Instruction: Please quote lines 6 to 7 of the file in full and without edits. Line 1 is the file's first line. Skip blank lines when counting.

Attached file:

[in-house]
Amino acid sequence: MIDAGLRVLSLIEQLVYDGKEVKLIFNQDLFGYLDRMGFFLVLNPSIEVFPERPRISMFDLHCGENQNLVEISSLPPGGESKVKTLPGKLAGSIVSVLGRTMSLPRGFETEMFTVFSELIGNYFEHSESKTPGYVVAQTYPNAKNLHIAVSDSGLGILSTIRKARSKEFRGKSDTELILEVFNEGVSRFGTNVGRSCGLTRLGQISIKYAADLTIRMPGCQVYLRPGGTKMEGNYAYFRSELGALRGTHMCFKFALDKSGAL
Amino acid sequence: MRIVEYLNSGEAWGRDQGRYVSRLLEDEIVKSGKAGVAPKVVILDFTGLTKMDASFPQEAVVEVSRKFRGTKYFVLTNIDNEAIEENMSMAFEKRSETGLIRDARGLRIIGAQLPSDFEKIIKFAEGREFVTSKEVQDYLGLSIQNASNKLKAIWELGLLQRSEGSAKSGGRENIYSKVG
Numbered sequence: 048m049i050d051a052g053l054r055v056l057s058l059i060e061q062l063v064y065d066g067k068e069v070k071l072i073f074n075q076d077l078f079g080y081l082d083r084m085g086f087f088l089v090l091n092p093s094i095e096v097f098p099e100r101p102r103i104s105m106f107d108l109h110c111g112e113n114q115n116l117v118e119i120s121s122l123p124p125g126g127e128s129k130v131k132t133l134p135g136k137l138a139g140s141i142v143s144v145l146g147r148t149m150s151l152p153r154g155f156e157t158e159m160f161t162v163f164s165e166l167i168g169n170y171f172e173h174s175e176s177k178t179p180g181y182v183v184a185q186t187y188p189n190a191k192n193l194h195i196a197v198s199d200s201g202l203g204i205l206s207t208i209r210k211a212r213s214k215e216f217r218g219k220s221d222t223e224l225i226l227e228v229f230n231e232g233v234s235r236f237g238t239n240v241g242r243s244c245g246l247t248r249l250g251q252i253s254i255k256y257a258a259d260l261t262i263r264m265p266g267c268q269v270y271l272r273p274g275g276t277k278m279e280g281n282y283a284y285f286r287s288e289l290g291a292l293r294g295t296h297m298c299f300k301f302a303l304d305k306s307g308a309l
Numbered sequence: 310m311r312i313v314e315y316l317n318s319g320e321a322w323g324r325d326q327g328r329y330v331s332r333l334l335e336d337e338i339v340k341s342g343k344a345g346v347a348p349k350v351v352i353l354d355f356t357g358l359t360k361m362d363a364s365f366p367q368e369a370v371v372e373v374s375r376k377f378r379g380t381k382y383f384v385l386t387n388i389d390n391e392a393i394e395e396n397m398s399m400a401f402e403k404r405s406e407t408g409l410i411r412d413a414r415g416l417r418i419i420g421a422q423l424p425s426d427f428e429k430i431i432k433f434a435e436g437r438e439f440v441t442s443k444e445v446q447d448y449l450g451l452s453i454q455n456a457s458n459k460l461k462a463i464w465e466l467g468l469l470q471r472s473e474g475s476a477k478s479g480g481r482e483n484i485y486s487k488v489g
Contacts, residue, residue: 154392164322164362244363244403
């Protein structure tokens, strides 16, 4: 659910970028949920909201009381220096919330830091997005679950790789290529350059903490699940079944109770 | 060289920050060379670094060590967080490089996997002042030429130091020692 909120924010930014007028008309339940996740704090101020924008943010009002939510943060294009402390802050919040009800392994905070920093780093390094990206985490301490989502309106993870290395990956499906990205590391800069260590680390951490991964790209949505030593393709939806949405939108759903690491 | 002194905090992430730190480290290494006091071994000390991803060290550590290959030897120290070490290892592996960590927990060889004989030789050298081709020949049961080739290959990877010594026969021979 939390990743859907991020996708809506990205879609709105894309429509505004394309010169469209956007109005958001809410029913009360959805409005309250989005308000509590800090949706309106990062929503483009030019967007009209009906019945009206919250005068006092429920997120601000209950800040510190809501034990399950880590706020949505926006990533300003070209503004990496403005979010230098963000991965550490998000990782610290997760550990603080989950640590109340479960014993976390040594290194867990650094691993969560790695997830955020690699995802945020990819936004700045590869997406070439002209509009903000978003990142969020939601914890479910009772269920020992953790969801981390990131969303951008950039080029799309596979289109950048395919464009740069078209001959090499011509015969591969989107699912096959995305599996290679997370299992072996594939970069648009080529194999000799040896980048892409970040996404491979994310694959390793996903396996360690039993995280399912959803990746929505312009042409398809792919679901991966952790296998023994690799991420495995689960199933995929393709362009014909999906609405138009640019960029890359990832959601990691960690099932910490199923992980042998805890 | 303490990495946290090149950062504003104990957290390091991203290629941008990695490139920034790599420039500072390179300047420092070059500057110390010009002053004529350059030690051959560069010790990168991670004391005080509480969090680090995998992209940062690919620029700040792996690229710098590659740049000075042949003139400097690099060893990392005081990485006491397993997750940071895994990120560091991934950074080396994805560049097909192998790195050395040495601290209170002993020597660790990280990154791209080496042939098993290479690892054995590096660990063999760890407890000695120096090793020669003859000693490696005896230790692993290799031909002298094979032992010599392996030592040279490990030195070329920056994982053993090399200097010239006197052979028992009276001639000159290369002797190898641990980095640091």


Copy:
Contacts, residue, residue: 154392164322164362244363244403
């Protein structure tokens, strides 16, 4: 659910970028949920909201009381220096919330830091997005679950790789290529350059903490699940079944109770 | 060289920050060379670094060590967080490089996997002042030429130091020692 909120924010930014007028008309339940996740704090101020924008943010009002939510943060294009402390802050919040009800392994905070920093780093390094990206985490301490989502309106993870290395990956499906990205590391800069260590680390951490991964790209949505030593393709939806949405939108759903690491 | 002194905090992430730190480290290494006091071994000390991803060290550590290959030897120290070490290892592996960590927990060889004989030789050298081709020949049961080739290959990877010594026969021979 939390990743859907991020996708809506990205879609709105894309429509505004394309010169469209956007109005958001809410029913009360959805409005309250989005308000509590800090949706309106990062929503483009030019967007009209009906019945009206919250005068006092429920997120601000209950800040510190809501034990399950880590706020949505926006990533300003070209503004990496403005979010230098963000991965550490998000990782610290997760550990603080989950640590109340479960014993976390040594290194867990650094691993969560790695997830955020690699995802945020990819936004700045590869997406070439002209509009903000978003990142969020939601914890479910009772269920020992953790969801981390990131969303951008950039080029799309596979289109950048395919464009740069078209001959090499011509015969591969989107699912096959995305599996290679997370299992072996594939970069648009080529194999000799040896980048892409970040996404491979994310694959390793996903396996360690039993995280399912959803990746929505312009042409398809792919679901991966952790296998023994690799991420495995689960199933995929393709362009014909999906609405138009640019960029890359990832959601990691960690099932910490199923992980042998805890 | 303490990495946290090149950062504003104990957290390091991203290629941008990695490139920034790599420039500072390179300047420092070059500057110390010009002053004529350059030690051959560069010790990168991670004391005080509480969090680090995998992209940062690919620029700040792996690229710098590659740049000075042949003139400097690099060893990392005081990485006491397993997750940071895994990120560091991934950074080396994805560049097909192998790195050395040495601290209170002993020597660790990280990154791209080496042939098993290479690892054995590096660990063999760890407890000695120096090793020669003859000693490696005896230790692993290799031909002298094979032992010599392996030592040279490990030195070329920056994982053993090399200097010239006197052979028992009276001639000159290369002797190898641990980095640091």